And I meant it. But it got me thinking. What she was talking about was character arc, the transformation that a character goes through as they react to the obstacles in their lives and strive to achieve their goals.

Both Bette and Joan come from acting backgrounds. And as actors, they want to feel that each of the characters they play has an arc. They feel that every character grows in some way, and it's the actor's job to make that growth visible, compelling and real.

Of course it's not true. As a playwright, I know that each story is the hero's story. Nearly all of my effort in crafting a story goes toward building the hero's arc.

Oh, sure. Some of the other characters--the antagonist certainly, maybe even a sidekick or two--may get an arc. And each of the characters is important. I don't out a character in a play unless that character serves the story in some vital way. But that doesn't mean the character has an arc.

But I get where Joan is coming from. We are each the hero of our own story, and when an actor is cast in a particular role, they want to feel as if their character has a life beyond the edges of the stage, a life that transforms in some meaningful way. It's that transformation that makes the character interesting to them.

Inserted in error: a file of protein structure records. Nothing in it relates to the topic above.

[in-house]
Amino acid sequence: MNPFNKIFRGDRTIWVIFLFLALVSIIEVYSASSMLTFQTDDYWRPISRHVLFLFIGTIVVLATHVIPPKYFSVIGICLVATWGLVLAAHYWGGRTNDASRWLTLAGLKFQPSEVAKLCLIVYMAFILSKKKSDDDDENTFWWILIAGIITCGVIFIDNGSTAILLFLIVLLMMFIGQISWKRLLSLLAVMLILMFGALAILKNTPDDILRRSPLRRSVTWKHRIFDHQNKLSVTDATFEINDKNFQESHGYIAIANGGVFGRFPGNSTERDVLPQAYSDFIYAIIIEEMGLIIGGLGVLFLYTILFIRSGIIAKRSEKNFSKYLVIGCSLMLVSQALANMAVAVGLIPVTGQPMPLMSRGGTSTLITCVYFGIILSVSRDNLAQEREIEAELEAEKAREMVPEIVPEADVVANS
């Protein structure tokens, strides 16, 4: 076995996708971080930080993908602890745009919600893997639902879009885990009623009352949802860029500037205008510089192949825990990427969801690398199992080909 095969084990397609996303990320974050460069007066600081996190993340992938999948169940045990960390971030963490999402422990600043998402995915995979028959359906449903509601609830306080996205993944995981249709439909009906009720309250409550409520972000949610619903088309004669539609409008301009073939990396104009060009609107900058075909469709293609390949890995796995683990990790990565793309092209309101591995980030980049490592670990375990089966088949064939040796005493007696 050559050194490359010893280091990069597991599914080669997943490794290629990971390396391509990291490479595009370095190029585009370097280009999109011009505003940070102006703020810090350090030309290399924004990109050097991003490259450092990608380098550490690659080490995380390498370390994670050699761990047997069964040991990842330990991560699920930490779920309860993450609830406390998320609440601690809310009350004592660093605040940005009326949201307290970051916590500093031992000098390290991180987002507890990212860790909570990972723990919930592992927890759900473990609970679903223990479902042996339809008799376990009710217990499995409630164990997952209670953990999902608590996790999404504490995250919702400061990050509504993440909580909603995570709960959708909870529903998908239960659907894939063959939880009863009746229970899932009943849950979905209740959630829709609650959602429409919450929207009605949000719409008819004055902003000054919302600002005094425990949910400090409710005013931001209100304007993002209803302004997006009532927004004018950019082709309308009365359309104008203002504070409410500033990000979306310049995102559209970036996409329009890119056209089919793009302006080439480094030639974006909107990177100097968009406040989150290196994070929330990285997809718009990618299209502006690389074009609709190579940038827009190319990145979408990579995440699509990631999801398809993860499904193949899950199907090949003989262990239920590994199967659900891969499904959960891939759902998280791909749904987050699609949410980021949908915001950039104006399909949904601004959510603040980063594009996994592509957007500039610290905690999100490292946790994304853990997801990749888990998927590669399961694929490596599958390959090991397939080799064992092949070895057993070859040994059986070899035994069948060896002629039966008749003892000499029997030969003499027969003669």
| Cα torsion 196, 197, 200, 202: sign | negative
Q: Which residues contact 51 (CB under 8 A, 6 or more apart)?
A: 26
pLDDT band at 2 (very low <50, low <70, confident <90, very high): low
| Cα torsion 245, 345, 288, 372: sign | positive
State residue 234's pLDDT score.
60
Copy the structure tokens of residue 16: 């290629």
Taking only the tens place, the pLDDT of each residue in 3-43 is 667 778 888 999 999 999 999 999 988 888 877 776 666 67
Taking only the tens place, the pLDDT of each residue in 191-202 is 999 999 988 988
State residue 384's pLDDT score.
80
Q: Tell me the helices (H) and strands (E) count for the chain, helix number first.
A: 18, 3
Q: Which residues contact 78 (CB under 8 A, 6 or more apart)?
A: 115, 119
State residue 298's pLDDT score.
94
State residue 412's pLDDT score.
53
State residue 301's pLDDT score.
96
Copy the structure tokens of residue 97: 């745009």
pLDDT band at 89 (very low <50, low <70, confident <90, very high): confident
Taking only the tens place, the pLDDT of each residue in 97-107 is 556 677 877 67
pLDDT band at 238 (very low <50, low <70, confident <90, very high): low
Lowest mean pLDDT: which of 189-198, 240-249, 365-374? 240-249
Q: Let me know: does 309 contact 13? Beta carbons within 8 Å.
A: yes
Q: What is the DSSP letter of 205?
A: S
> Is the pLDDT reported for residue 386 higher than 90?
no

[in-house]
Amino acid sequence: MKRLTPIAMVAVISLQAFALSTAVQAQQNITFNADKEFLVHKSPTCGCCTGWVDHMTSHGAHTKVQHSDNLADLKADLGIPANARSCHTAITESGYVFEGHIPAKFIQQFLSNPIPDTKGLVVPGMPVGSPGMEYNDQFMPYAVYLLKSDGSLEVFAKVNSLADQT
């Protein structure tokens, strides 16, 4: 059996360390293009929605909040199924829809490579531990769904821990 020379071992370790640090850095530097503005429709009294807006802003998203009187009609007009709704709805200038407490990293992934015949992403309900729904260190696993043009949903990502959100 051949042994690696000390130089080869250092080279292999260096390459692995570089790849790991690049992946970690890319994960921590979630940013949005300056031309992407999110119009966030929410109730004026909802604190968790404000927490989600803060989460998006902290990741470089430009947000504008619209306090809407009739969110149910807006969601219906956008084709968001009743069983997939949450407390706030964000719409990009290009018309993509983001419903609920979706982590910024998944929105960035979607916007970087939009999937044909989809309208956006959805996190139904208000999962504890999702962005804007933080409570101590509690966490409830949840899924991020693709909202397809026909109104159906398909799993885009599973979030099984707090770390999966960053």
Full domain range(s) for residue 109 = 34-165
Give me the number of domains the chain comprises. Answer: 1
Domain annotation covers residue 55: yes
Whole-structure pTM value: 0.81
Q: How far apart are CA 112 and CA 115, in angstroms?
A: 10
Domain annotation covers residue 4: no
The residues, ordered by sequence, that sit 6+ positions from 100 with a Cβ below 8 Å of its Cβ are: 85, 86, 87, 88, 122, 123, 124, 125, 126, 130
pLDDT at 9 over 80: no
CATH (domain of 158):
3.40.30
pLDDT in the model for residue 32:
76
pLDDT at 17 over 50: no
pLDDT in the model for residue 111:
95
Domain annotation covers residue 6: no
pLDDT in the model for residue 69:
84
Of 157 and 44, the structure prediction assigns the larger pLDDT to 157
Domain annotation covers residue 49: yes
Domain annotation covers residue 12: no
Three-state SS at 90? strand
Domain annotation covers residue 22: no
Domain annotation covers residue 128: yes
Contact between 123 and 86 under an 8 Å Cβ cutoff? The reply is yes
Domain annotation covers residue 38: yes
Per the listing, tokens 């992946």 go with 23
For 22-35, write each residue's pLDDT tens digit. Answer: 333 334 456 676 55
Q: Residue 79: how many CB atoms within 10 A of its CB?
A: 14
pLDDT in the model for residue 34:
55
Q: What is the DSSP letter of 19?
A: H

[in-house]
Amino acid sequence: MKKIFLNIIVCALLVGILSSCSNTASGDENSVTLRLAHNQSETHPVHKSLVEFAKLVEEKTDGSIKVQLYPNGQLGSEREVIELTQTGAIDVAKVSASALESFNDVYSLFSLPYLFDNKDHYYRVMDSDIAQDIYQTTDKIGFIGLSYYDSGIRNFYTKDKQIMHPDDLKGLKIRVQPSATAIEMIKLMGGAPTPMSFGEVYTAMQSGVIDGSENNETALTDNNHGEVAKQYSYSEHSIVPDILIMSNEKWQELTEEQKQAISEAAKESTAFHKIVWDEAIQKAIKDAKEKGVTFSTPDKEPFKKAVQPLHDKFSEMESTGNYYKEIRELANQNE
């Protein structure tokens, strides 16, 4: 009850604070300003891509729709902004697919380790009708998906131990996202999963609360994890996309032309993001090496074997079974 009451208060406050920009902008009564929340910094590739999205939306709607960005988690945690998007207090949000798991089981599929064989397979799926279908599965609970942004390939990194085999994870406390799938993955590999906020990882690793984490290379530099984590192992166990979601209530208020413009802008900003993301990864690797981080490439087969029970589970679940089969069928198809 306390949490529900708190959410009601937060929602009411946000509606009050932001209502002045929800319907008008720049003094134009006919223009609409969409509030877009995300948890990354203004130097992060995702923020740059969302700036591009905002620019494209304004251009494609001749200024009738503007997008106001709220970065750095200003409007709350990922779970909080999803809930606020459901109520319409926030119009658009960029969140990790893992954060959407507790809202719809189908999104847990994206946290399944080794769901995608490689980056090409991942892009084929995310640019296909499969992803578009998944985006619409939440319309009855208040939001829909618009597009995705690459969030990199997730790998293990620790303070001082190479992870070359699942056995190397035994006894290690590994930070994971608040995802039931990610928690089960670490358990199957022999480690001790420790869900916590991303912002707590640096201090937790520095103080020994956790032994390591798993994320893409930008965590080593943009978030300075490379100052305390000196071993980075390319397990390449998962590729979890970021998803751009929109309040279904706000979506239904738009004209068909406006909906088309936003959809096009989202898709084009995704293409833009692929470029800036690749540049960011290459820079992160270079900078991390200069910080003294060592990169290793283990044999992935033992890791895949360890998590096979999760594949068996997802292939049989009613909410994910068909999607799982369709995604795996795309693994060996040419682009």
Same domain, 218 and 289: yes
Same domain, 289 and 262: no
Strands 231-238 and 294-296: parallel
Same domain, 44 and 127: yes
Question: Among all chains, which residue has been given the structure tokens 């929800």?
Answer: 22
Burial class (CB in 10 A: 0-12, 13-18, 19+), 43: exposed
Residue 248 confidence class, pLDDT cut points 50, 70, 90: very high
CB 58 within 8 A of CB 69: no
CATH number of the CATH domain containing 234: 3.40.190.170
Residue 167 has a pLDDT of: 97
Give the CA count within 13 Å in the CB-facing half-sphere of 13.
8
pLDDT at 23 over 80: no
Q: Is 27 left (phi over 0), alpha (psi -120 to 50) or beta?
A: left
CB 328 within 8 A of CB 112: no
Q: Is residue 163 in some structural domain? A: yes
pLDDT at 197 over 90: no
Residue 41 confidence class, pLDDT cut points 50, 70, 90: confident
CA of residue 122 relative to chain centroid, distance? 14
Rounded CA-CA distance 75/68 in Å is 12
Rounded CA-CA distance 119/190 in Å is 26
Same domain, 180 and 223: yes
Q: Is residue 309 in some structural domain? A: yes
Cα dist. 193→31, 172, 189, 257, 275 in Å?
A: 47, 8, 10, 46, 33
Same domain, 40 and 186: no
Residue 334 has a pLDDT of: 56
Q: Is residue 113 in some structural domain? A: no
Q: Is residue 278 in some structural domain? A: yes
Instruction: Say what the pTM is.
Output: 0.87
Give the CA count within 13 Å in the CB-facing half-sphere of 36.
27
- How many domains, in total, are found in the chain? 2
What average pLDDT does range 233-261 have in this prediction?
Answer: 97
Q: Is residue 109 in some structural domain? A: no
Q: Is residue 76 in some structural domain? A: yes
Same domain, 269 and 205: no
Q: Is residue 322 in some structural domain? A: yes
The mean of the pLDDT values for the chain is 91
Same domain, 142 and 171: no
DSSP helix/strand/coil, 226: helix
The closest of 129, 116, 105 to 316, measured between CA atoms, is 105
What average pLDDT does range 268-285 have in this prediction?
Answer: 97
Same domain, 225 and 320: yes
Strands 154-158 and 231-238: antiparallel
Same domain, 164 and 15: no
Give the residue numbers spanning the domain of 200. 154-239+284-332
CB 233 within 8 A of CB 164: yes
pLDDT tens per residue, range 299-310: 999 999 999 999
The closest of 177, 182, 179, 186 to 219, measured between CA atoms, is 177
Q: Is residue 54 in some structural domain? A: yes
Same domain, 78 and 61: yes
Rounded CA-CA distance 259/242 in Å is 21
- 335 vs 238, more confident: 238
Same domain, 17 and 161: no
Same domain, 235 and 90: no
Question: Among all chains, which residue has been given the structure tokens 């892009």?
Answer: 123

And if an actor can find and portray an arc in a small role, I say more power to them.

Besides, this was kind of line with what my favorite readers Jeff and Debby told me. After watching The Purrfect Crime, they felt there was no one to root for.

It was a good point, and I tried to think of ways to make the entire bickering family more likable.

And then I had a revelation. No one wants to root for secondary characters. They're there to root for the main character, to hope that the hero achieves her deepest goals. And the hero in The Purrfect Crime was Cecilia, the eldest daughter and hard-driving businessman. She was the one I had to make more likable.

I looked over her entire arc in the story and I realized that, while she does transform, that transformation comes too late in the story. Only at the end does she warm to Wiggles, the cat who inherited the 36 million dollar fortune. I needed to find a place to have her show the first signs of softening.

I found the place. It came at the end of the first scene in the the second act. There was only one problem. I really liked the way the scene ended. It ended with a gag that I knew, from the three-day run of the show, always got a laugh.

But of course, it's not about the laughter. Even in a comedy, your most important goal as a playwright is to serve the story. To make the conflict compelling. To make the characters authentic.

To show the characters transform.

So I revised the ending of that scene. Here's the original version. It happens immediately after Cecilia kicks the fake pet psychics out of the house for attempting, she believes, to poison Wiggles.
(DIGBY grabs MADAME ZAMBONI and BUBBLES and starts to drag them off.)

BUBBLES: You'll be sorry!

MADAME ZAMBONI: Yes! Don't come running to us eef Weegles never speaks to you again!

(DIGBY EXITS RIGHT with MADAME ZAMBONI and BUBBLES.)